Apr 24 2017 13:48
const active = (href, site) =>
  site === 'testSite' && href.indexOf('mobile-phones') === -1;
Gabe Johnson
@gabejohnson
Apr 24 2017 13:53
@jefe-spain even better would be
const validateSite = (hrefSegment, siteName) =>
  (href, site) => site === siteName && href.includes(hrefSegment);
reusable
Jesus
@jefe-spain
Apr 24 2017 13:54
hrefSegemts, where that coming from?
Gabe Johnson
@gabejohnson
Apr 24 2017 13:55
const active = validateSite('mobile-phones', 'testSite');
Jesus
@jefe-spain
Apr 24 2017 13:57
it woudl be -> const active = validateSite(‘mobile-phones’, ‘testSite’)(window.location.href)
as the second site from (href, site), we dont’ need it isnt it?
Gabe Johnson
@gabejohnson
Apr 24 2017 14:01
@jefe-spain siteName replaces 'testSite' in your example
if you want to use the function in the future with a different site name you can change it
you still need to compare site w/ siteName
but it's trivial to write so reusability probably isn't a big deal
It's a good habit to get into though
Mick Dekkers
@mickdekkers
Apr 24 2017 19:35
Is there a function similar to R.evolve that drops the keys that don't have a transformation function?
Matthew Willhite
@miwillhite
Apr 24 2017 19:45
@ram-bot
const ts = {
  foo: inc,
  bar: dec
}

const o = {
  foo: 1,
  bar: 1,
  baz: 'x'
}

const survivalOfTheFittest = converge(pick, [keys, evolve])(ts)

survivalOfTheFittest(o)
ram-bot
@ram-bot
Apr 24 2017 19:45
{ foo: 2, bar: 0 }
Mick Dekkers
@mickdekkers
Apr 24 2017 19:50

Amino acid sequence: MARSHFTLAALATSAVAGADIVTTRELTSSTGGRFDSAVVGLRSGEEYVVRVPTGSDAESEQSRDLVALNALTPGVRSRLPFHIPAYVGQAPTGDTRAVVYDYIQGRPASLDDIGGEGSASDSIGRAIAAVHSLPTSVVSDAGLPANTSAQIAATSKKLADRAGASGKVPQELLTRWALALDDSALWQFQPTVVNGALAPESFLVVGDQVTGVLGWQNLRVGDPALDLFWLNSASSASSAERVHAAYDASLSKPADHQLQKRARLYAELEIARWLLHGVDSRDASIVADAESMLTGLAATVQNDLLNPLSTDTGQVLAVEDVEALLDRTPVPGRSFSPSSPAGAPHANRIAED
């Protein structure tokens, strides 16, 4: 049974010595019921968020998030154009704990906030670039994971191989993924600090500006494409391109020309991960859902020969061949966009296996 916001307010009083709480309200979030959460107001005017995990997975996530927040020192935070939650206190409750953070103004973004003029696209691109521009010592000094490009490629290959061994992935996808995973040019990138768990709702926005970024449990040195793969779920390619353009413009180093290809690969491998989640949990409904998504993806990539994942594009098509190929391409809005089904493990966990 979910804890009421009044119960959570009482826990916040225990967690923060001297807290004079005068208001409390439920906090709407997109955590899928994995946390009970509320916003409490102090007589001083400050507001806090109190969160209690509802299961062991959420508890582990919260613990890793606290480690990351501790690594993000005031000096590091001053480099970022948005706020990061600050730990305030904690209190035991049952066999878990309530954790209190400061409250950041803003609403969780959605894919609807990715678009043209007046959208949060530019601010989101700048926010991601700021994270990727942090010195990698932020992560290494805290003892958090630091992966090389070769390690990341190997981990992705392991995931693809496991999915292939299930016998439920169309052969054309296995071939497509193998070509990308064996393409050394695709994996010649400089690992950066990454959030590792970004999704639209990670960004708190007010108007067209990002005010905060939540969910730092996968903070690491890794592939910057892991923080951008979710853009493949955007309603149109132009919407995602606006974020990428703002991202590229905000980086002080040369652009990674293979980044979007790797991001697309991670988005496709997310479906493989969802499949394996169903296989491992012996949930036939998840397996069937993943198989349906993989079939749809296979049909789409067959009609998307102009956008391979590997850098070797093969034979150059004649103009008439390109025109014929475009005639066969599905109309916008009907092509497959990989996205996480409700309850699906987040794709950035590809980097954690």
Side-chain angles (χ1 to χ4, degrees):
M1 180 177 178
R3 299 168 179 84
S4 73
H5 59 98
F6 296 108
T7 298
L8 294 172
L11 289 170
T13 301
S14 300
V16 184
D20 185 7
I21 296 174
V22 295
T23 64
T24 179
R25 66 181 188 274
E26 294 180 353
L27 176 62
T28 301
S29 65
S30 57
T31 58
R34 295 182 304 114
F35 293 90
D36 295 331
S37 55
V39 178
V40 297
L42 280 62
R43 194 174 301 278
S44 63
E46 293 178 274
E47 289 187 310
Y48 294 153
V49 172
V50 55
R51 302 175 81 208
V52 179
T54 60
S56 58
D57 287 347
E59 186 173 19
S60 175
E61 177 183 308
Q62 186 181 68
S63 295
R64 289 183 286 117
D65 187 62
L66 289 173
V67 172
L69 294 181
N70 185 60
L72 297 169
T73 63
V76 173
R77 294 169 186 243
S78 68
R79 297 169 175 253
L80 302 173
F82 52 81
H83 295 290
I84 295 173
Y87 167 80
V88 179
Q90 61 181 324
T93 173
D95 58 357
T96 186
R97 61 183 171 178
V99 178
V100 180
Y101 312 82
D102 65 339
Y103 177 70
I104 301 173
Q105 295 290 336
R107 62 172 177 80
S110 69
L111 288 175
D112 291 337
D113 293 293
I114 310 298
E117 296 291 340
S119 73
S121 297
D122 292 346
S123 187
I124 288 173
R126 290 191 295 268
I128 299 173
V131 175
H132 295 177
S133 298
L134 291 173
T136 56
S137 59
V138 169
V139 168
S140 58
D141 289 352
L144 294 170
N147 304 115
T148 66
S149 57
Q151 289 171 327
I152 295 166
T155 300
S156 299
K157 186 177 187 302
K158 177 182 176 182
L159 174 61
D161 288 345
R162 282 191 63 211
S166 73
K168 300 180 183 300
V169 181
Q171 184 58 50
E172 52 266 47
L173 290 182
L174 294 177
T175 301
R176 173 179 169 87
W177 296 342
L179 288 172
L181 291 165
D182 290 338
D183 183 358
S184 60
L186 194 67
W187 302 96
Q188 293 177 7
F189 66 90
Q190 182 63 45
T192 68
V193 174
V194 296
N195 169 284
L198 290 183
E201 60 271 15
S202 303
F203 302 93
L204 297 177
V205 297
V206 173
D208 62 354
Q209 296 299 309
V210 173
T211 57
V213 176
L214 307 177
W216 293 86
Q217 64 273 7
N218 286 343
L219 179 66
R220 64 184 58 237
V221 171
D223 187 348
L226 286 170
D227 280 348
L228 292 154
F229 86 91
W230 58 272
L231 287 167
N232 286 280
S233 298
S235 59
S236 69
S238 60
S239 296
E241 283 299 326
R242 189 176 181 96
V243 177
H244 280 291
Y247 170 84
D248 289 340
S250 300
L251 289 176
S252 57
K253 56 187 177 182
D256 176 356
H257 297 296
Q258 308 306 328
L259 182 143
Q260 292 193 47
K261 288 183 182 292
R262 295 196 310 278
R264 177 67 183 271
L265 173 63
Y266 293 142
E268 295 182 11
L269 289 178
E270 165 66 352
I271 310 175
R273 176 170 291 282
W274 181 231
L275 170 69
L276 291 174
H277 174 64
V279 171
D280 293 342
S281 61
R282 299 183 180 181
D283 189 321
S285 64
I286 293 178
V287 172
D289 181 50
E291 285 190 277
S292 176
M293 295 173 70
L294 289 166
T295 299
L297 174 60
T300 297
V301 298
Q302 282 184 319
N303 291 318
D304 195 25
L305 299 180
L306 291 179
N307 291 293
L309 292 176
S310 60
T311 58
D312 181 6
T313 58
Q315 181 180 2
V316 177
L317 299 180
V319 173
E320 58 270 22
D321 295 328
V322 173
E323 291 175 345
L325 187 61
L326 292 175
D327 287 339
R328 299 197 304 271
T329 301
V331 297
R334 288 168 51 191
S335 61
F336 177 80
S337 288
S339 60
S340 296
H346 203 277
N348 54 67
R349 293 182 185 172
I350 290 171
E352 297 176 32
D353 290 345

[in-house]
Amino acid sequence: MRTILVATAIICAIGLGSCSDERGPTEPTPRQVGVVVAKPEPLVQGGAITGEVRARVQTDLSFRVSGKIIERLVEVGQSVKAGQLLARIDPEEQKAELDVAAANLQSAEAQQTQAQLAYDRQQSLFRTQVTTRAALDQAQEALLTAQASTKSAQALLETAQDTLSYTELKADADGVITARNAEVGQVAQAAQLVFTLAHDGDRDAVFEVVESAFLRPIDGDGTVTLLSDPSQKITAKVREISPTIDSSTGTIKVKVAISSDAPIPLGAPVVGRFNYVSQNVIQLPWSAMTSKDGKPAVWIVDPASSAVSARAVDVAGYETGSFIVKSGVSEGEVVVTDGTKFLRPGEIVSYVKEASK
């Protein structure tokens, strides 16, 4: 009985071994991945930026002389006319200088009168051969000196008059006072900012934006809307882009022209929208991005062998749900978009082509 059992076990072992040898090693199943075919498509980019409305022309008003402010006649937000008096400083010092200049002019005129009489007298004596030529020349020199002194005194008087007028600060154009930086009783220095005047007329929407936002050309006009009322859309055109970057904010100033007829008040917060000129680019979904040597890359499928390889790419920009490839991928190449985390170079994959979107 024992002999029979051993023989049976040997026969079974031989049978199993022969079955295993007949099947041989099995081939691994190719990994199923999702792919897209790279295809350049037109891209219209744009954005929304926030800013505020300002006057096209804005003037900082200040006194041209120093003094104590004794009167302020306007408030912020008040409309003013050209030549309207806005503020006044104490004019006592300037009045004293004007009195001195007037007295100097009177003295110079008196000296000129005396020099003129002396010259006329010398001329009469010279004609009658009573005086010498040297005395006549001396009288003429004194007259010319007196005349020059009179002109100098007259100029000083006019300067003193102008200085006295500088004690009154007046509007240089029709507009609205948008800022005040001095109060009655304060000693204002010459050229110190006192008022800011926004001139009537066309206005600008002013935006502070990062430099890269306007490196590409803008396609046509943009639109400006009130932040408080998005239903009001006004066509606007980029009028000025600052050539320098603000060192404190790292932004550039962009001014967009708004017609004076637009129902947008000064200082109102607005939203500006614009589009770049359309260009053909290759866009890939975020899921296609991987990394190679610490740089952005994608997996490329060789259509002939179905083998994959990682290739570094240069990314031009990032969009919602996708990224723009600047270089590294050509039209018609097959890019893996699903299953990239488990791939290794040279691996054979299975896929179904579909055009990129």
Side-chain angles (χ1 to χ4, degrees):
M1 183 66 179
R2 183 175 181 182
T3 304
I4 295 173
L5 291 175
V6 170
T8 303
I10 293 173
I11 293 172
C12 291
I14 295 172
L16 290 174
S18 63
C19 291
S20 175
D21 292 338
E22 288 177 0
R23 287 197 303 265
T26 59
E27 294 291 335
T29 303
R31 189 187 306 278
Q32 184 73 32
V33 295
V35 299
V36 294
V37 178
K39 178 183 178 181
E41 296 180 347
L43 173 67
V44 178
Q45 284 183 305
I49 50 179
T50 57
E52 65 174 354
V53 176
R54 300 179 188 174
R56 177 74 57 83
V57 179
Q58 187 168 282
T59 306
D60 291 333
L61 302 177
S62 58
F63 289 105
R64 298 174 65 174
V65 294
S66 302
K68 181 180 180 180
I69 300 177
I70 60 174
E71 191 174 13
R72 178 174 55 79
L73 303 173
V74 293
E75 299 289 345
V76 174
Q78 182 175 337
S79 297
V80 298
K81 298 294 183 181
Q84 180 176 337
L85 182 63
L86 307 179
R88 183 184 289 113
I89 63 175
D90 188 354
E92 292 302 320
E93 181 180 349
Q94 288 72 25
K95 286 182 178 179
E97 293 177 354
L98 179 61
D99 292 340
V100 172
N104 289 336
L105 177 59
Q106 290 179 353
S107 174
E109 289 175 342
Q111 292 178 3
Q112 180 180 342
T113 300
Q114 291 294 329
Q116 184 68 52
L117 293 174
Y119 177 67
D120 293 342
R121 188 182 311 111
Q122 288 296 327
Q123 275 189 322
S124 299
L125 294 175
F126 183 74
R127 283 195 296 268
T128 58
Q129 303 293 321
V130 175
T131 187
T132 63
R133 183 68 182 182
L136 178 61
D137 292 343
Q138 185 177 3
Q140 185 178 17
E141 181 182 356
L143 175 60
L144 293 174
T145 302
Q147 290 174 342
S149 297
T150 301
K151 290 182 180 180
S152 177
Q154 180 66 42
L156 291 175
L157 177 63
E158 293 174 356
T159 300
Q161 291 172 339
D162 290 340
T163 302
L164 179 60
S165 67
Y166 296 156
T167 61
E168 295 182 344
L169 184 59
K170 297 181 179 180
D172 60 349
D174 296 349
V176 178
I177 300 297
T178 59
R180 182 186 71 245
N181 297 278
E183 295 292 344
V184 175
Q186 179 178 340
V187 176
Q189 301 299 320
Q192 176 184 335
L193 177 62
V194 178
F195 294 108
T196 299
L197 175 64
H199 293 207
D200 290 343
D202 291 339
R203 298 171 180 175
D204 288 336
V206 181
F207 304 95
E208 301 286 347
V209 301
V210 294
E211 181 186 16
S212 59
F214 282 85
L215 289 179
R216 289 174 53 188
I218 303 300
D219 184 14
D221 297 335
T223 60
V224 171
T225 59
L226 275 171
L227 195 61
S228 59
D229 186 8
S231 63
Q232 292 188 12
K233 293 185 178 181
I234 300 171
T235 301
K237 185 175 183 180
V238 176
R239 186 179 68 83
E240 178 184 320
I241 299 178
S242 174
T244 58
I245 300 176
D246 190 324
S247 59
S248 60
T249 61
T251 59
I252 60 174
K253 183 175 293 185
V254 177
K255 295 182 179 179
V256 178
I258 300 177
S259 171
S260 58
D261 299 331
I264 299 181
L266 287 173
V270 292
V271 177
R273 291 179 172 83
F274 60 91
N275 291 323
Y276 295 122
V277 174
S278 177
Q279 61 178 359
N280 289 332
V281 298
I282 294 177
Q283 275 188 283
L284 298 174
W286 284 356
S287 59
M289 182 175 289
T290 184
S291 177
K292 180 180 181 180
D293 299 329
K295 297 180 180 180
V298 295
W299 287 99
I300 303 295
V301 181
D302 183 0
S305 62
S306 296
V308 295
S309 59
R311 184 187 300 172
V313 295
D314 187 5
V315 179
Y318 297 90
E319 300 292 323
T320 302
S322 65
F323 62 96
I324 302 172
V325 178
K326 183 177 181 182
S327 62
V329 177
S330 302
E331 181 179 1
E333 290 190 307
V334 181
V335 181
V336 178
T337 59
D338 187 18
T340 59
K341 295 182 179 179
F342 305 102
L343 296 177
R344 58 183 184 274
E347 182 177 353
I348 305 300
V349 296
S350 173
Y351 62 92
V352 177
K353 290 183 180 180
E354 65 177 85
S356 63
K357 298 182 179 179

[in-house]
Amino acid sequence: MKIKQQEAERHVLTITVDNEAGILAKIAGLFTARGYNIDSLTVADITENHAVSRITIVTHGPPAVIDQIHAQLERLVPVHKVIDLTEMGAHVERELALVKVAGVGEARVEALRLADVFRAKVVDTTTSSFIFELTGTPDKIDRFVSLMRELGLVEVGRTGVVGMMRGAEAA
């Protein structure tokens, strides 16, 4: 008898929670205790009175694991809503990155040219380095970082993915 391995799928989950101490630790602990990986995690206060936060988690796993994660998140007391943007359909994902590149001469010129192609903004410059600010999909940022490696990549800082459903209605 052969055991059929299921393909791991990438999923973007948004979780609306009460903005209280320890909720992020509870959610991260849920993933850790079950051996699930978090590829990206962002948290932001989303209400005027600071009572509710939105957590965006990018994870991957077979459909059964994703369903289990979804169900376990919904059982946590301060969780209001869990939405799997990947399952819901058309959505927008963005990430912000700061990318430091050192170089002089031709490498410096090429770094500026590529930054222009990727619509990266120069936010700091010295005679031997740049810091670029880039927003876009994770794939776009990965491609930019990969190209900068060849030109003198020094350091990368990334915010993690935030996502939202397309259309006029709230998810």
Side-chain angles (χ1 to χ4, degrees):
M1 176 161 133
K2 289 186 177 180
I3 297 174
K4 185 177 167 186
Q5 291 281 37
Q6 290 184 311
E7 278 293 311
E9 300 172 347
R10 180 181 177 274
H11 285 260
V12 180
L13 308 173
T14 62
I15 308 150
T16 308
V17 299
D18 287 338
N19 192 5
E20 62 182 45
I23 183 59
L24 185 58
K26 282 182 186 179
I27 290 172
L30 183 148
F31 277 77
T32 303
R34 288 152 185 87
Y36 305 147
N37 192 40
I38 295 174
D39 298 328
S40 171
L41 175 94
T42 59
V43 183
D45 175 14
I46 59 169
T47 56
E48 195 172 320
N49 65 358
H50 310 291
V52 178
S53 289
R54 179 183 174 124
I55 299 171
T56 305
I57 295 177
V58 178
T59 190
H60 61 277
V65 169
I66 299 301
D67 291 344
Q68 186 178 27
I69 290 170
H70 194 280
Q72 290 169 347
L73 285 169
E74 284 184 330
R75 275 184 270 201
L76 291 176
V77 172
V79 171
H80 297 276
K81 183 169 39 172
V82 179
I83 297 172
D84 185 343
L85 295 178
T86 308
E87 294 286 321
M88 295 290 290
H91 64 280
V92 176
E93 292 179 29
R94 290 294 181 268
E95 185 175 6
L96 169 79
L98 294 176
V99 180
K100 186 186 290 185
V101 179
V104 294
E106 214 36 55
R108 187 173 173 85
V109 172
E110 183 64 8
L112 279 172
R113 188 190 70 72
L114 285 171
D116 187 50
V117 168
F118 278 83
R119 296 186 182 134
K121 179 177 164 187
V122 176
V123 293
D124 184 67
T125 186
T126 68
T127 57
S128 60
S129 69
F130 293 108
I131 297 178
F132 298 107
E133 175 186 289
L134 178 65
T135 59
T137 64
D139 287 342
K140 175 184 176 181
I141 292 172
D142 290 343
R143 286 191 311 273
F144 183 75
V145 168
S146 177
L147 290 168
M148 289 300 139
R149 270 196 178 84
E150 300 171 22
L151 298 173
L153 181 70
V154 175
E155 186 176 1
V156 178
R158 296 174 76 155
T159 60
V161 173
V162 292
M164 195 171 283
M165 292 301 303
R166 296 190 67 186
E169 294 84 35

@miwillhite Nice! Thanks :)
Malgalad
@Malgalad
Apr 24 2017 20:41

Hi guys. I'm doing a little skill-up project, and as a part of it I try to learn FP.
So, here's a function that I'm trying to convert to Ramda:

var buildDistributions = function(m, n) {
    var lineGroups = [];
    var lines = [];
    var points, i, j;

    for (j = 0; j < n; j++) {
      lines.push(['a', 'b']); // not actual values
    }
    lineGroups.push(lines);

    for (i = 1; i < m; i++) {
      lines = [];
      for (j = 0; j < n; j++) {
        lines.push(['c', 'd']); // not actual values, dynamically generated
      }
      lineGroups.push(lines);
    }

    lines = [];
    for (j = 0; j < n; j++) {
      lines.push([[0, 0], [1,0]]);
    }
    lineGroups.push(lines);

    return lineGroups;
  };

That's some oldish code, but it does what it needs to do so whatever. Here is what I've come to:

const seq_1 = ['a', 'b'];
const seq_2 = ['c', 'd'];

const f1_0 = compose(repeat(seq_1), nthArg(1));
const f1 = converge(repeat(__, 1), [f1_0]);  // actually I just need to do wrap result of fn1_0 in array,  (...args) => [fn1_0(...args)]

const f2_0 = compose(repeat(seq_2), nthArg(1));
const f2 = converge(repeat, [f2_0, dec]);

But then I'm stuck. What I want to do is (n, m) => [].concat(f1(n, m), f2(n, m), f1(n, m)), but Ramda's concat has arity of 2.
So I tried (1)

const f3_1 = converge(concat, [f1, f2]);
const f3 = converge(concat, [f3_1, f1]);

But that seems a bit excessive. So I tried to use good old reduce and came to (2)

const f3_1 = (n, m) => (acc, fn) => concat(fn(n, m), acc);
const f3 = converge(reduce(__, [], [f1, f2, f1]), [f3_1]);

but now I have no idea what to do with f3_1...

concatMany may help you further
Malgalad
@Malgalad
Apr 24 2017 20:51
Many thanks, @mrtnbroder, that did the trick.
Brad Compton (he/him)
@Bradcomp
Apr 24 2017 20:52
@ram-bot
const fillOne = () => ['a', 'b'];
const fill2 = () => ['c', 'd'];
const fill3 = () => [[0, 0], [0, 1]];
times(10, fillOne).concat(times(5, times(10, fill2))).concat(times(10, fill3));
ram-bot
@ram-bot
Apr 24 2017 20:52
n must be a non-negative number
Brad Compton (he/him)
@Bradcomp
Apr 24 2017 20:52
:expressionless:
Malgalad
@Malgalad
Apr 24 2017 20:53
fill3 is actually fillOne, forgot to replace it there as well
Brad Compton (he/him)
@Bradcomp
Apr 24 2017 20:54
Malgalad
@Malgalad
Apr 24 2017 20:55
Close, but not actually right... Results of times(10, fillOne) should be in array. Caught be off guard too, spent quite a while debugging...
Brad Compton (he/him)
@Bradcomp
Apr 24 2017 20:59
nvm